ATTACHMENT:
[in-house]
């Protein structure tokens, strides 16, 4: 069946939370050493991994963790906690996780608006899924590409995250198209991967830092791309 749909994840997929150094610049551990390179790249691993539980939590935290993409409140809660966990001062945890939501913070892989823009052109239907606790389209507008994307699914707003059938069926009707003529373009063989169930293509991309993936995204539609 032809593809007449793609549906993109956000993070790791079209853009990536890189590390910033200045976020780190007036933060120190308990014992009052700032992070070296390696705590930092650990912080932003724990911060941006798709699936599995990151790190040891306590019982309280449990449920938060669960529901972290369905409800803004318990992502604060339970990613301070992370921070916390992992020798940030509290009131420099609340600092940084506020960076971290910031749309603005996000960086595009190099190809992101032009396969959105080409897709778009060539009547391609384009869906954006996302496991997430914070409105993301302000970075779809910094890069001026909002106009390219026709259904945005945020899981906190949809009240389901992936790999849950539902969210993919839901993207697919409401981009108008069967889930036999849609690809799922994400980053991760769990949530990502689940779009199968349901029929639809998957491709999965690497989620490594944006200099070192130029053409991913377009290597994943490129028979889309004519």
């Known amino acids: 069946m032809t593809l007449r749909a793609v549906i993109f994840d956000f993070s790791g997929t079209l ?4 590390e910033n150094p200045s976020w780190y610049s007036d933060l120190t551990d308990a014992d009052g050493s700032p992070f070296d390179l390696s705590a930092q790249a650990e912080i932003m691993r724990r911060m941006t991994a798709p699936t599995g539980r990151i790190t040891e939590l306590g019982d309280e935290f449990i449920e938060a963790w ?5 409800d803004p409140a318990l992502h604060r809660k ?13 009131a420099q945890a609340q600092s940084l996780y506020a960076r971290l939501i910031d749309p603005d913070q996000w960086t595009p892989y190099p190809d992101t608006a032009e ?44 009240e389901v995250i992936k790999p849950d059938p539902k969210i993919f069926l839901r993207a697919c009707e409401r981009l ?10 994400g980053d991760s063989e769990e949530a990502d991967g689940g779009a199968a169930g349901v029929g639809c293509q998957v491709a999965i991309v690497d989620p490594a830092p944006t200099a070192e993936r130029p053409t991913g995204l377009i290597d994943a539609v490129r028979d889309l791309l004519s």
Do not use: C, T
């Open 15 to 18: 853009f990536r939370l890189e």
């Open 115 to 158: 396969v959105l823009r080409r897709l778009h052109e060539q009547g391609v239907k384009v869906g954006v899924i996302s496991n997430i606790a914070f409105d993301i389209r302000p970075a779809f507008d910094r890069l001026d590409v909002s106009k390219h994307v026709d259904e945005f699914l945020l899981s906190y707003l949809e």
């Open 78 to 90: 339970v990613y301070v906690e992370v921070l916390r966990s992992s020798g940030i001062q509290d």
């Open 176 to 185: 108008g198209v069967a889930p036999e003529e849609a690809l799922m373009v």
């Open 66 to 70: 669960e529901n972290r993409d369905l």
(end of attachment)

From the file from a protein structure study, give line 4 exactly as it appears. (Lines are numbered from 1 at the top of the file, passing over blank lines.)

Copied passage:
Do not use: C, T